Dear Dr. G,

I understand you are focusing on the issues of ejaculatory dysfunction for the month of February.

I have a curious and frustrating climatic problem that I hope you can resolve.

I am a 46-year-old man who is reasonably fit and healthy.

I wake up with an erection and could have normal sexual intercourse until six months ago, when the amount of ejaculate I produce started becoming less. It got to a point where I

The strange thing is that my erection and degree of climax remains unchanged.

Although I am not currently thinking about childbearing, I am somewhat worried that something is going wrong with my sexual abilities.

I am also worried as so many serious medical problems are associated with the inability to ejaculate and I am eager to put Dr. G on the spot for some clarification.

Although I have some idea the physiology of ejaculation, can you please outline it for me in

layman’s terms?

How much semen is considered normal and is there a possibility of blockage resulting in no ejaculation?

Apart from blockages, what else can render a man unable to produce semen and if I can’t ejaculate does that mean I am infertile for the rest of my life?

Lastly, I understand from many articles on the Internet that an inability to ejaculate is not life- threatening, however this is incredibly frustrating. Can you offer any treatment?

Yours truly,

Frustrated Fruitless Frederick

The World Health Organization (WHO) outlines the average volume of ejaculate for men as 3.7ml, roughly equivalent to three-quarters of a teaspoon and the normal ejaculation volume in a man with after a few days of abstinence actually ranges from 2-6 ml.

However, this varies greatly with mood, state of arousal, physical health and the interval of prior ejaculation.

Generally, a case of a low volume of ejaculation in a man is called hypospermia. This is generally defined as total ejaculation volume of less than 1.5ml and the pathological inability of a man to ejaculate despite arousal is anejaculation and such a complete absence of ejaculation in men happens either with or without an orgasm.

Normal reproductive physiology requires the bladder sphincter to close prior to ejaculation, prohibiting the mixture of urine and semen. The semen is then forced to exit the urethra through the penile opening, without going backwards.

The complete absence of the emission of semen can be caused by the occlusion of ejaculatory ducts or the backwards flow of semen, known as retrograde ejaculation. The occlusion of the ejaculatory ducts can be congenital or acquired. Prostatic cysts are a common inborn error resulting in obstruction, while sexually transmitted infections such as chlamydia and gonorrhoea are also common acquired causes of occlusions.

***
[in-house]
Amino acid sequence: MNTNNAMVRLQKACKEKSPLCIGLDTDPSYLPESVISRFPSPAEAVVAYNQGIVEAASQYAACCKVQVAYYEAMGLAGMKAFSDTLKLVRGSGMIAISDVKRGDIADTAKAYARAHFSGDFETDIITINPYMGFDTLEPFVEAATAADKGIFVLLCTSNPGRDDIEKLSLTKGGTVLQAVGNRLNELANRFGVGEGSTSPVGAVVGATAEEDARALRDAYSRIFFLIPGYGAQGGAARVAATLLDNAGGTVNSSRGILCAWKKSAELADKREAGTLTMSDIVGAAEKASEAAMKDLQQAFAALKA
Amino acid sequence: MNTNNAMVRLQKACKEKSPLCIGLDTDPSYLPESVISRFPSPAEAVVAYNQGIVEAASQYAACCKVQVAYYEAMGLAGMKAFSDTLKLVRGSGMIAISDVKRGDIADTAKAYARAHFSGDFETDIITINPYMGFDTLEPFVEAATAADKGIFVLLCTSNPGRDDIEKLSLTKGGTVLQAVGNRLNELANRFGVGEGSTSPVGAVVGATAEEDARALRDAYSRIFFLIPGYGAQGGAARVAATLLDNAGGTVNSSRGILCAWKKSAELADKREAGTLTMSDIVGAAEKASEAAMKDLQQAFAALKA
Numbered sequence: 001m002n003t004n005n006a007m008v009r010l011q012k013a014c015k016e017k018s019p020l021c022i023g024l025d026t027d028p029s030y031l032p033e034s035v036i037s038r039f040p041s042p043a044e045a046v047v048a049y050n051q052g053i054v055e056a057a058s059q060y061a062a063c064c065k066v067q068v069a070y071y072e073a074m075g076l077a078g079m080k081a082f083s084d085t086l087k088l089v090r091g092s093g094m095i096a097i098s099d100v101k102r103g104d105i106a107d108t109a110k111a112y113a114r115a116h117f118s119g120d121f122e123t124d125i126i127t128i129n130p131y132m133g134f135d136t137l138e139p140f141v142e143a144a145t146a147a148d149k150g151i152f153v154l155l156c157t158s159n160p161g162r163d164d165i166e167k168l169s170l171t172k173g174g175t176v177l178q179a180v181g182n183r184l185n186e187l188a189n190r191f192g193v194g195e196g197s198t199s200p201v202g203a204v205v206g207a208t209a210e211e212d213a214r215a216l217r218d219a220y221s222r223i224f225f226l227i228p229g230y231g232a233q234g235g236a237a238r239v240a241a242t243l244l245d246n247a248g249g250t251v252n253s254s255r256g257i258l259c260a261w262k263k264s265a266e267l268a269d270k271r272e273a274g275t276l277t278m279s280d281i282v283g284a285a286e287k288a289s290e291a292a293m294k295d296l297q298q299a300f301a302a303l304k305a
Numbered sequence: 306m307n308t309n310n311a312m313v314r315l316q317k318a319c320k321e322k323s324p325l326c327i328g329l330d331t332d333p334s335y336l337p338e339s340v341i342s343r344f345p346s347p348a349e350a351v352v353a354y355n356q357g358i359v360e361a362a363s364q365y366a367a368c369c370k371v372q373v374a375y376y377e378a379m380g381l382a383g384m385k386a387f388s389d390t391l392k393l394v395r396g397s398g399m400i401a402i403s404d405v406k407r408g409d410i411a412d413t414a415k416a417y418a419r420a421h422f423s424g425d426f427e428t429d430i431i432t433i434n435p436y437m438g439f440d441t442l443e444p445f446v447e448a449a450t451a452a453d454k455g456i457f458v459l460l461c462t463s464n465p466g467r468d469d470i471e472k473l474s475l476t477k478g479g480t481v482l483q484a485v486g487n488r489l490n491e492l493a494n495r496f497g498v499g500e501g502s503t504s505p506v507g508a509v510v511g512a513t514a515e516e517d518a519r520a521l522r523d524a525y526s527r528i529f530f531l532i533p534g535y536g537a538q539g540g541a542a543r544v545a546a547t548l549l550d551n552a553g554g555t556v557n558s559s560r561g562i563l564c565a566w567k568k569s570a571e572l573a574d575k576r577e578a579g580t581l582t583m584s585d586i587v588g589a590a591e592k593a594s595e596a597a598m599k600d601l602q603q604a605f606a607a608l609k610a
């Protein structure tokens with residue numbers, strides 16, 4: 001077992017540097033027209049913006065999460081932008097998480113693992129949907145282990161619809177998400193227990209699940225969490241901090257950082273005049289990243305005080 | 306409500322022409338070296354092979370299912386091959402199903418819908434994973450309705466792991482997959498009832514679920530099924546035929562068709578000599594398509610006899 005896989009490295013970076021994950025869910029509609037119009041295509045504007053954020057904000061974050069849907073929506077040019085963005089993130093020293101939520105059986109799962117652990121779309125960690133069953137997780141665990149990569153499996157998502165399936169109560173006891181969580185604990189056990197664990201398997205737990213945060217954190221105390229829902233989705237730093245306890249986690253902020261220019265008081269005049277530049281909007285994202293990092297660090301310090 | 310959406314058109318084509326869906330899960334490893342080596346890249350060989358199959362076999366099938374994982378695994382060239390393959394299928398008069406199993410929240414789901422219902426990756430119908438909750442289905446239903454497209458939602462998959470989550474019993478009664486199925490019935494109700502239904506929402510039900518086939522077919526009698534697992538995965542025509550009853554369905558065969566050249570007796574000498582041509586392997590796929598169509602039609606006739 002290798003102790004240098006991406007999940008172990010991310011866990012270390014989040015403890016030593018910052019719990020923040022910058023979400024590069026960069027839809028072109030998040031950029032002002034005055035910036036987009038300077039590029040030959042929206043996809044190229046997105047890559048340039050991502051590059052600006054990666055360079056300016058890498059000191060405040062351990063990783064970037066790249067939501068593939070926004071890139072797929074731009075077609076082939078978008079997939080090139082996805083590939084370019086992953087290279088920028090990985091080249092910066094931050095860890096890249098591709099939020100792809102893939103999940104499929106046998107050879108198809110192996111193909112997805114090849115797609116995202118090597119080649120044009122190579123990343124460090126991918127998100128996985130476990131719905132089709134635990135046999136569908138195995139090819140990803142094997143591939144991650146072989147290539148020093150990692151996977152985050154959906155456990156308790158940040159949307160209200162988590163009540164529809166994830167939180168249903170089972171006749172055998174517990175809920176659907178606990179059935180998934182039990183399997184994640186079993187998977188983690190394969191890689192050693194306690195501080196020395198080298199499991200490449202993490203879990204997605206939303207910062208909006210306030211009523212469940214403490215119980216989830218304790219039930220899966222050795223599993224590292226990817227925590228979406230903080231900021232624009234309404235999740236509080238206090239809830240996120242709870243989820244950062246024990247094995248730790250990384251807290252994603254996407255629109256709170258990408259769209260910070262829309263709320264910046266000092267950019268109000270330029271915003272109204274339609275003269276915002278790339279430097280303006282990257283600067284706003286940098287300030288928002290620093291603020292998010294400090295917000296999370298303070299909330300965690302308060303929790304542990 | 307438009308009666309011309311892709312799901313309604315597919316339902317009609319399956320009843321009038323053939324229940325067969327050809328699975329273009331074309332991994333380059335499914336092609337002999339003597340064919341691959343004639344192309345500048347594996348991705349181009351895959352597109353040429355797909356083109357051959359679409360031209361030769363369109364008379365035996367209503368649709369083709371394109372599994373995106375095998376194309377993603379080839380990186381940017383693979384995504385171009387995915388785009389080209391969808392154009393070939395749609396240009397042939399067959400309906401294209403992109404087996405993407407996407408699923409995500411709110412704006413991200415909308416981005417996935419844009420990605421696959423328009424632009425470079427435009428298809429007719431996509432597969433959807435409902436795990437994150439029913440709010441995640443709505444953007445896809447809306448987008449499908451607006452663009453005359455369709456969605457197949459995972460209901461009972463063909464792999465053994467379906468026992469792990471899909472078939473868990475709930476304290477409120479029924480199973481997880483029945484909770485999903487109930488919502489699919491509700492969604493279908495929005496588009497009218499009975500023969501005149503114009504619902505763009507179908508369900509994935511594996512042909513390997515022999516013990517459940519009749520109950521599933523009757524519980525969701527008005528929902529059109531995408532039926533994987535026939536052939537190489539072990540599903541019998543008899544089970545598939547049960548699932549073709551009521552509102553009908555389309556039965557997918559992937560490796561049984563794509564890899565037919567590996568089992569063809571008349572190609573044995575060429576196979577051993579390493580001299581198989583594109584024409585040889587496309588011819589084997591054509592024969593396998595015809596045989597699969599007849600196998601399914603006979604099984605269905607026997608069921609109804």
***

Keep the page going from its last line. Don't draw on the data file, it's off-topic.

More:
Retrograde ejaculation occurs when the semen that is supposed to be propelled forward can also be directed backwards to the urinary bladder due to neurological dysfunctions. The commonest cause of pelvic neuropathy is diabetes. Other neurological causes of retrograde ejaculation can be multiple sclerosis and spinal cord injuries, resulting in the backflow of semen in addition to erectile dysfunction. Other non-neurological causes causing the derangement of the sphincter including prostate operations such as TURP, which destroys the bladder neck to overcome obstructions.

The other common aetiology of low ejaculate are the side effects of certain medications; the use of prostate and blood pressure medications such as alpha-blockers are well recognised to relax the bladder neck resulting in retrograde ejaculation.

Other groups of medications such as antidepressants and antipsychotics are also known to cause a dry orgasm, and the incidence of drug induced retrograde ejaculation is a common cause of low semen volume, which is completely reversible.

The differentiation of retrograde ejaculation and anejaculation requires a simple urinalysis obtained shortly after sexual climax.

In the cases of retrograde ejaculation, the urine will contain copious amount of sperm, which can be identified by microscopic examinations.

In fact, for men facing the challenge of male-factor infertility related to ejaculatory dysfunction, the retrieval of the live sperm from the urine can often be used for IVF fertilization. Otherwise, no sperm will be detected in men with occluded sperm ducts following sexual climax.

The treatment of retrograde ejaculation usually depends on the cause. The reversal of spermatic occlusion such as aspiration of the prostatic cyst can often restore normal ejaculation. On the other hand, the cessation of medication such as antidepressants and alpha-blockers are usually effective in reversing the bladder neck dysfunctions. Other neurological and surgical causes of retrograde ejaculation may also be treated with medications such as tricyclic antidepressants and antihistamines like chlorphenamine.

However, the success rates of such intervention are not so favourable.

Apart from the issues of infertility, the diminished or absent of ejaculation in men imposes no threat to health whatsoever. Although retrograde ejaculation may be just a bit of a

nuisance for some men, others may have significant frustration when facing such sexual dysfunction.

Understanding the pathophysiology of retrograde ejaculation is crucial to avoid certain medications and nerve destruction that interferes with the intricate control of the forward propulsion of semen. Apart from disease awareness, open communication with a partner is also important to avoid the misunderstanding of “faking an orgasm”.

When frustrated men trying to move forward with the challenges of backward fruitless climaxes put Dr. G on the spot for a solution, his view is simply that there is no point looking backwards or forwards, as keeping it upwards is already a blessing!

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